Originally, damper was a very simple mixture consisting of flour and water, with salt added for flavor. These ingredients were mixed into a dough and because cooking pans were an extra burden to carry, the dough was normally placed directly upon the hot coals of an open fire place, being turned over when the first side was cooked.

A variation is to wrap the dough around a stick and then cook over an open fire.

During the early days of colonization of Australia, damper bread was a staple food in the bush and a favorite of swagmen and drovers because the dry ingredients could be easily carried and they only needed to add water to the mix.

Balls of bread dough can also be dropped into boiling water and cooked this way as dumplings.

Baking bread


There are various ways bread can be baked in a survival situation. In the above photo, unleavened bread dough is being baked on a hot metal plate placed directly over the cooking fire. Greasing the plate improves the bread but do not use too much fat or oil as this then turns into a frying process.

A hot, flat rock could be used instead, but take great care when heating any type of stone as the water content in certain stones will expand in the heat causing the stone to explode, sending hot shards of stone flying everywhere.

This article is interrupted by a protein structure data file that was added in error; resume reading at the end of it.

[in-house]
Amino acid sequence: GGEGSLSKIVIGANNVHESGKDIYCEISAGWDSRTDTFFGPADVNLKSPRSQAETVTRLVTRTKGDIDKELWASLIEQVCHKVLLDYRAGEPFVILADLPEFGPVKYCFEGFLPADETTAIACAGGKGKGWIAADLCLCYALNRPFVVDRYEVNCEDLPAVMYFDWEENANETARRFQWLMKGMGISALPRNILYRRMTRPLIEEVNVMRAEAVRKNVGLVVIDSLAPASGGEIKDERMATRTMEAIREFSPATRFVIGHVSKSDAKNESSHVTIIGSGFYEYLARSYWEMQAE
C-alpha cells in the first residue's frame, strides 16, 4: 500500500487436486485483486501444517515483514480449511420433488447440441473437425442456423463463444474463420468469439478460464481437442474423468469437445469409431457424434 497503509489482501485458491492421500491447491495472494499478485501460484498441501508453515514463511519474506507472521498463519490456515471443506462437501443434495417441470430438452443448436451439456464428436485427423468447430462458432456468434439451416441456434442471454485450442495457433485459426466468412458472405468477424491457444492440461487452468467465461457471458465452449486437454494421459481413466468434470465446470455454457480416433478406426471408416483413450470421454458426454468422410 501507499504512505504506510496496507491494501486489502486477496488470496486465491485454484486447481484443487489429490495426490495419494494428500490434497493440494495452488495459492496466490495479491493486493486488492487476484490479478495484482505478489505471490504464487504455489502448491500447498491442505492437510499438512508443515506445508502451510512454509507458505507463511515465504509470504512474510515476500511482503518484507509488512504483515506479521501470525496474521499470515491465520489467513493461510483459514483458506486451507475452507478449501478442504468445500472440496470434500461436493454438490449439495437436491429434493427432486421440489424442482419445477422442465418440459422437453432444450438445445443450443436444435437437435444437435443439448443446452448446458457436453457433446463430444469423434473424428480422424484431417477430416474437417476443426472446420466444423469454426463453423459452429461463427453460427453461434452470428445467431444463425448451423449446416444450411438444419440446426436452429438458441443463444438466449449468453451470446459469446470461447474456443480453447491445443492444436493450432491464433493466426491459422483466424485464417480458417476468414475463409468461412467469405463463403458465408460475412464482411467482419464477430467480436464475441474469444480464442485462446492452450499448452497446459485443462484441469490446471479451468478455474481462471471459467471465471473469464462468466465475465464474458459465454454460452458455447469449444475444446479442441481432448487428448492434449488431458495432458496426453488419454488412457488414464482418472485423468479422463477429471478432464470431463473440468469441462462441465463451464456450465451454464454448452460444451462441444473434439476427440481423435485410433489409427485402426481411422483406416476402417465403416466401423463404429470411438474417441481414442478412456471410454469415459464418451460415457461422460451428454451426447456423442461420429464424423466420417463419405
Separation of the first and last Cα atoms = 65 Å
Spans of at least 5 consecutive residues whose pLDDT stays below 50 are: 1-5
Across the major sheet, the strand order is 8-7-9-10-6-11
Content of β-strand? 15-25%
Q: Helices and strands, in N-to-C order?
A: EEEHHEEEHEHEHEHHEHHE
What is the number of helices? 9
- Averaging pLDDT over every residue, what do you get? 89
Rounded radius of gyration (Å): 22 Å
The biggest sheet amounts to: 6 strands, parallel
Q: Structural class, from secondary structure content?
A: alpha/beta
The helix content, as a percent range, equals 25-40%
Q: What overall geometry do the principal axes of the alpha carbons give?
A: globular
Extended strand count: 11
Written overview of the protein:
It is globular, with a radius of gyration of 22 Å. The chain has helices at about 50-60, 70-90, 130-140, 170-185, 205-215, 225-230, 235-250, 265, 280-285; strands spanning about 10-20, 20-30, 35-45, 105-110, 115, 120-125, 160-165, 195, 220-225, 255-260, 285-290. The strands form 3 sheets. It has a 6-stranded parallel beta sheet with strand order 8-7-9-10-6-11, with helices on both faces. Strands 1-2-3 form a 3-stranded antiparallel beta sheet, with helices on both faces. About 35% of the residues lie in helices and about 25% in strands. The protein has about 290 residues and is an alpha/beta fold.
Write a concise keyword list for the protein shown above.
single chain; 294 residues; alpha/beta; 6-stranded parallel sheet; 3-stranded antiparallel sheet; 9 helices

If you heat up a stone, first prove it by lighting a fire under it, leaving it to heat up and then cool down a few times without being anywhere remotely nearby.

Making a clay oven

Traditionally, bread (leavened or unleavened) is baked in an oven. It is quite practical to make a bread oven in a survival situation if you are in an area where you have access to clay soil, water and dried grass or straw.

Various methods of bread oven construction are possible. The simplest is to make an igloo shape out of bent sticks, weaving more sticks though the basic frame.

Cover the frame with a thick layer of clay mixed with straw. It takes a little experimentation to get the ratio of clay to straw correct, if you use too much or too little the clay will crack.


The photo below should give you a better idea of the clay/straw ratio. Once you have made your small clay igloo, leave it to dry out naturally for as long as possible.

The next stage is to light a fire inside your clay igloo. The framework of sticks you used to support the clay will burn away and (hopefully) you will be left with the baked clay outer walls.